December 2005 - January 2006

Arts & Letters

‘Vulture’; ‘Sunday Arts’; ‘The Movie Show’ on ABC-TV

By Kerryn Goldsworthy

Any poet could have told the ABC that with a name like Vulture its new arts program was bound to get negative feedback. A vulture is an ugly, disgusting creature whose presence lets you know your death is imminent.This may be why one blogger, having watched the first episode, said it made him lose the will to live. It’s all over for the year now, and it wasn’t that bad really. But Vulture did get eviscerated early on after attracting savage responses to its comedy sketches – the very thing that was supposed to make the show new and different. This left it with the panel-of-experts format, but expertise doesn’t necessarily translate into good screen presence, as anyone who’s seen the movie Broadcast News should know.

Good arts TV is more likely to feature artists producing art than talking heads discussing it, hence the inclusion on the ABC’s Sunday Arts of artists’ workshops and poets in residence. Even The Movie Show’s David Stratton and Margaret Pomeranz are essentially performers, acting out the personae they have developed over the years and delivering set-pieces to camera. They break up the chat with clips and interviews, and they don’t talk at or over the top of each other to the apparent exclusion of the viewer.

Kerryn Goldsworthy

Cover: December 2005 - January 2006

December 2005 - January 2006

From the front page

Misleading parliament? A-OK

Peter Dutton’s was an open-and-shut case

In The Big House

The quintessential American cultural experience is still college football

Image of Vincent van Gogh’s ‘Portrait of Joseph Roulin’

‘MoMA at NGV: 130 Years of Modern and Contemporary Art’

An eye candy-laden, educational treasure hunt of an exhibition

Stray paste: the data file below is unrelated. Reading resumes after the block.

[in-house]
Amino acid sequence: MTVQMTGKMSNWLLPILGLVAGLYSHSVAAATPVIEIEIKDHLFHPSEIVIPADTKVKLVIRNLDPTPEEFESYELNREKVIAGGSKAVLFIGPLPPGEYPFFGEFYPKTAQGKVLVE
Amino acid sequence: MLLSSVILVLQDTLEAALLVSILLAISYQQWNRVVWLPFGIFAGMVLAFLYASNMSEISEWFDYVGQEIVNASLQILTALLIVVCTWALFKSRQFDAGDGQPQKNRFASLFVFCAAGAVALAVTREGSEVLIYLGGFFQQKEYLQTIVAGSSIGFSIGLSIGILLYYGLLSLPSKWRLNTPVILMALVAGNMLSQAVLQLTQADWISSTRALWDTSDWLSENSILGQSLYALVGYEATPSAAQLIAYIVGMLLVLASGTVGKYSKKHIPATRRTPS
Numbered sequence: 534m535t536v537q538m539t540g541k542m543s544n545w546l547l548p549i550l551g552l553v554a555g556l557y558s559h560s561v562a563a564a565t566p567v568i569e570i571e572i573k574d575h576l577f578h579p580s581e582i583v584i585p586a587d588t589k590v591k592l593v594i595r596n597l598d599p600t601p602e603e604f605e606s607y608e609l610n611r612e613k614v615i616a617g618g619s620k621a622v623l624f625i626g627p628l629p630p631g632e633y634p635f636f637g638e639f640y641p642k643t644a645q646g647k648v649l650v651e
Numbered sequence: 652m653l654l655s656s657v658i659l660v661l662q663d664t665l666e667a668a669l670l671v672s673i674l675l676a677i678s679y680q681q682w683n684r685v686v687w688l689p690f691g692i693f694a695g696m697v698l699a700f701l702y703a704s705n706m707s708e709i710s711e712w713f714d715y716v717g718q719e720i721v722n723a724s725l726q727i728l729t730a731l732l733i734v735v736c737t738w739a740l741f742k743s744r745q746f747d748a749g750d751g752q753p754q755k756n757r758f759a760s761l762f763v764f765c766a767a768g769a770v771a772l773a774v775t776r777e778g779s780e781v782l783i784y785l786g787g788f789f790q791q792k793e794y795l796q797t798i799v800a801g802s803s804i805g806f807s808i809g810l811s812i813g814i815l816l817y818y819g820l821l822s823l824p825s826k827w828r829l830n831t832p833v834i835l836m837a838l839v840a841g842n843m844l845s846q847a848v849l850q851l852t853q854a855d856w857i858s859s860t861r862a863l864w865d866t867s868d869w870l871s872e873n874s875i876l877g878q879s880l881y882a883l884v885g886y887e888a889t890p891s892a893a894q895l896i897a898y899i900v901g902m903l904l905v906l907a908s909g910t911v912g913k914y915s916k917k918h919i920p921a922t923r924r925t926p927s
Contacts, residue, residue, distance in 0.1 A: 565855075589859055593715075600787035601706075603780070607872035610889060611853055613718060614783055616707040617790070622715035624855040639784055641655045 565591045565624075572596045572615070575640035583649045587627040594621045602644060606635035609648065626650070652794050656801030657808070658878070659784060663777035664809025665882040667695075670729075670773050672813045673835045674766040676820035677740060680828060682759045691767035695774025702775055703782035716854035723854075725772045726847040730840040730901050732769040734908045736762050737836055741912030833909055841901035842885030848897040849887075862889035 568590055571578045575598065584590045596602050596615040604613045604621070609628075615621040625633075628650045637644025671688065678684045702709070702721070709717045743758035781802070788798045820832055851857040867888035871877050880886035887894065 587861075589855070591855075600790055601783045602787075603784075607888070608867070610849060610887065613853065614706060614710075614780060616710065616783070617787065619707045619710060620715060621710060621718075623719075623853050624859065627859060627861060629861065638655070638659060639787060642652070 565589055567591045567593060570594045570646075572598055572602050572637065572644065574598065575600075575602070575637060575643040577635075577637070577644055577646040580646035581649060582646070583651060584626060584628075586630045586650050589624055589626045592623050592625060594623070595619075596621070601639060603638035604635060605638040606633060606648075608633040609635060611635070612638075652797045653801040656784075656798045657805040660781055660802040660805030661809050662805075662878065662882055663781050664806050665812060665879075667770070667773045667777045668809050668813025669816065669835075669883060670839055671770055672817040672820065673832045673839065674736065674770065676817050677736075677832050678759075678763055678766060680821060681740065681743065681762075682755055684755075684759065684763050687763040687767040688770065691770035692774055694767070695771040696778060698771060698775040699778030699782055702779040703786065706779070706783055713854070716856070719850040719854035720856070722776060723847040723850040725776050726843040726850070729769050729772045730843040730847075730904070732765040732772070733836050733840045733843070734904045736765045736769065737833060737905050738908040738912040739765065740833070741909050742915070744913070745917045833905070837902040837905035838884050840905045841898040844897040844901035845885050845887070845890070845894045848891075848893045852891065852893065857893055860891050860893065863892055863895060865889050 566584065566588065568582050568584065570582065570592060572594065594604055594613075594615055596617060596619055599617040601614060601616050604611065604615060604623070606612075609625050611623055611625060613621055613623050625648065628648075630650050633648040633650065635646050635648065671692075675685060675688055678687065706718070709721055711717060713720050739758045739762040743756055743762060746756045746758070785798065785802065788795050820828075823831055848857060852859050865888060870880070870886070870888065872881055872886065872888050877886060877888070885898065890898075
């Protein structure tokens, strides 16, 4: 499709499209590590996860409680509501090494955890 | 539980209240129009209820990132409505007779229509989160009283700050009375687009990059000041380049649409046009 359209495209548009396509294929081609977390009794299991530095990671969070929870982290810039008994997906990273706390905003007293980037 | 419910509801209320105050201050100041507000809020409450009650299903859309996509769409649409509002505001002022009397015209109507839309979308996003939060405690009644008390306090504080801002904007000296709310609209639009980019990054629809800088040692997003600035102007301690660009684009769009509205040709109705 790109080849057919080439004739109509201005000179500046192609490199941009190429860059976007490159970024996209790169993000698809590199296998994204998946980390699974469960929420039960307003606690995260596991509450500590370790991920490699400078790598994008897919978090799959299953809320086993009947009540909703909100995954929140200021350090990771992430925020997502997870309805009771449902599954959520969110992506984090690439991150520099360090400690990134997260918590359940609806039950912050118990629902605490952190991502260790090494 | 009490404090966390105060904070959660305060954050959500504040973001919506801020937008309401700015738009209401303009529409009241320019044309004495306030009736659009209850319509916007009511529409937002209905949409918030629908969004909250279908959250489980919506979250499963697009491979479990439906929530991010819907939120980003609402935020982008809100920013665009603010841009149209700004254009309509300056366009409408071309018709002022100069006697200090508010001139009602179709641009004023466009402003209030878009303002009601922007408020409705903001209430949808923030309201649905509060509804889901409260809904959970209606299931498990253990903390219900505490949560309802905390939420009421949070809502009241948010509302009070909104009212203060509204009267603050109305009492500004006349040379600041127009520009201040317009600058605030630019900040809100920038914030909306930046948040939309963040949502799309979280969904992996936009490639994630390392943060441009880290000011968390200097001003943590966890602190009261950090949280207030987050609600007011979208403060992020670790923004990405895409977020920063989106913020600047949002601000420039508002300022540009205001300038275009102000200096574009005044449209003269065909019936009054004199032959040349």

Illustration

The return of the Moree Boomerangs

The First on the Ladder arts project is turning things around for a rugby club and the local kids


In This Issue

Enough already!

Peter Jensen

Mr. Huge

Alan Woods and his amazing computer. A nags-to-riches-story
Words: Shane Maloney | Illustration: Chris Grosz

Nellie Melba & Enrico Caruso

How many sleeps?

Nothing prepares a parent for the day their partner does a runner and takes the children

More in Arts & Letters

Image of Leonard Bernstein

Leonard Bernstein: show tunes and symphonies

Centenary celebrations highlight the composer’s broad ambitions and appeal

Still from Leave No Trace

The hermitic world of Debra Granik’s ‘Leave No Trace’

The ‘Winter’s Bone’ director takes her exploration of family ties off the grid

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Low’s ‘Double Negative’: studies in slow transformation

Twelve albums in, the Minnesota three-piece can still surprise in their unique way

Covers of Motherhood and Mothers

To have or not to have: Sheila Heti’s ‘Motherhood’ and Jacqueline Rose’s ‘Mothers’

Heti’s novel asks if a woman should have a child; Rose’s nonfiction considers how society treats her if she does


More in Noted

‘One Hundred Years of Dirt’ by Rick Morton

A social affairs reporter turns the pen on himself

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‘John Mawurndjul: I Am the Old and the New’ at the MCA, Sydney

The celebrated bark painter’s ethos guides this retrospective exhibition

Cover of Kudos

‘Kudos’ by Rachel Cusk

A masterful trilogy concludes

Image of Michael Cook, Court (2014), no. 7 from the Majority Rule series

‘Colony’ at NGV Australia

Twin exhibitions explore the very different experiences of settlement for European and Indigenous peoples


Read on

Image of Vincent van Gogh’s ‘Portrait of Joseph Roulin’

‘MoMA at NGV: 130 Years of Modern and Contemporary Art’

An eye candy-laden, educational treasure hunt of an exhibition

Image of Malcolm Turnbull and Peter Dutton

Turnbull fires back

Unlike Tony Abbott, Malcolm Turnbull never promised ‘no wrecking’

Image from ‘In Fabric’

Toronto International Film Festival 2018 (part one)

A British outlier and a British newcomer are among the stand-outs in the first part of the festival

Image from ‘Patrick Melrose’

Benedict Cumberbatch is perfect as the imperfect Patrick Melrose

The actor brings together his trademark raffishness and sardonic superiority in this searing miniseries


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